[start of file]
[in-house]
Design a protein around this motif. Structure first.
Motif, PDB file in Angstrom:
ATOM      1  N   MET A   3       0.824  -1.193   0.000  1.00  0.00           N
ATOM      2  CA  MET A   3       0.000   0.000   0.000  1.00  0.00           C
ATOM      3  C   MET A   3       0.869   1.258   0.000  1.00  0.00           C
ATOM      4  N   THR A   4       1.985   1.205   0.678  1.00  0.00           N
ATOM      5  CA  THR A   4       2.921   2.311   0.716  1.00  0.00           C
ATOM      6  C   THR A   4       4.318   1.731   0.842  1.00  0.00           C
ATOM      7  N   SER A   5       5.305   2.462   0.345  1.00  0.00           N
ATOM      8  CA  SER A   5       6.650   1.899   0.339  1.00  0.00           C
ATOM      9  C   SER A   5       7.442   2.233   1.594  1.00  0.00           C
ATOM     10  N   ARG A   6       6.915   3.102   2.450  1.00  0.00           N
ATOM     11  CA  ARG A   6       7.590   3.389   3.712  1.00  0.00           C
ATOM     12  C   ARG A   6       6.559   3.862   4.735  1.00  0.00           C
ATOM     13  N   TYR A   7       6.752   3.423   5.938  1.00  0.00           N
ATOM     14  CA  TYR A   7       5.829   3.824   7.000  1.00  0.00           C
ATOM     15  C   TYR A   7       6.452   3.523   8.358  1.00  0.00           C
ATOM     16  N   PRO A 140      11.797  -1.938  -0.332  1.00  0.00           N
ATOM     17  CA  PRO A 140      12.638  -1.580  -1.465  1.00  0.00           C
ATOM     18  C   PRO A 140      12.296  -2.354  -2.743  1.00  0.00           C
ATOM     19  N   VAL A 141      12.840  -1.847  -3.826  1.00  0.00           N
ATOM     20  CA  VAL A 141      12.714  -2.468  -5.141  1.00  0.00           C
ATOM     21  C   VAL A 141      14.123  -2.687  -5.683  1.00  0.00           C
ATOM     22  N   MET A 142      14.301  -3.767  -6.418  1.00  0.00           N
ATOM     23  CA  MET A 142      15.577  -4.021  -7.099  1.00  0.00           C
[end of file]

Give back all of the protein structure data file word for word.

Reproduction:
[in-house]
Design a protein around this motif. Structure first.
Motif, PDB file in Angstrom:
ATOM      1  N   MET A   3       0.824  -1.193   0.000  1.00  0.00           N
ATOM      2  CA  MET A   3       0.000   0.000   0.000  1.00  0.00           C
ATOM      3  C   MET A   3       0.869   1.258   0.000  1.00  0.00           C
ATOM      4  N   THR A   4       1.985   1.205   0.678  1.00  0.00           N
ATOM      5  CA  THR A   4       2.921   2.311   0.716  1.00  0.00           C
ATOM      6  C   THR A   4       4.318   1.731   0.842  1.00  0.00           C
ATOM      7  N   SER A   5       5.305   2.462   0.345  1.00  0.00           N
ATOM      8  CA  SER A   5       6.650   1.899   0.339  1.00  0.00           C
ATOM      9  C   SER A   5       7.442   2.233   1.594  1.00  0.00           C
ATOM     10  N   ARG A   6       6.915   3.102   2.450  1.00  0.00           N
ATOM     11  CA  ARG A   6       7.590   3.389   3.712  1.00  0.00           C
ATOM     12  C   ARG A   6       6.559   3.862   4.735  1.00  0.00           C
ATOM     13  N   TYR A   7       6.752   3.423   5.938  1.00  0.00           N
ATOM     14  CA  TYR A   7       5.829   3.824   7.000  1.00  0.00           C
ATOM     15  C   TYR A   7       6.452   3.523   8.358  1.00  0.00           C
ATOM     16  N   PRO A 140      11.797  -1.938  -0.332  1.00  0.00           N
ATOM     17  CA  PRO A 140      12.638  -1.580  -1.465  1.00  0.00           C
ATOM     18  C   PRO A 140      12.296  -2.354  -2.743  1.00  0.00           C
ATOM     19  N   VAL A 141      12.840  -1.847  -3.826  1.00  0.00           N
ATOM     20  CA  VAL A 141      12.714  -2.468  -5.141  1.00  0.00           C
ATOM     21  C   VAL A 141      14.123  -2.687  -5.683  1.00  0.00           C
ATOM     22  N   MET A 142      14.301  -3.767  -6.418  1.00  0.00           N
ATOM     23  CA  MET A 142      15.577  -4.021  -7.099  1.00  0.00           C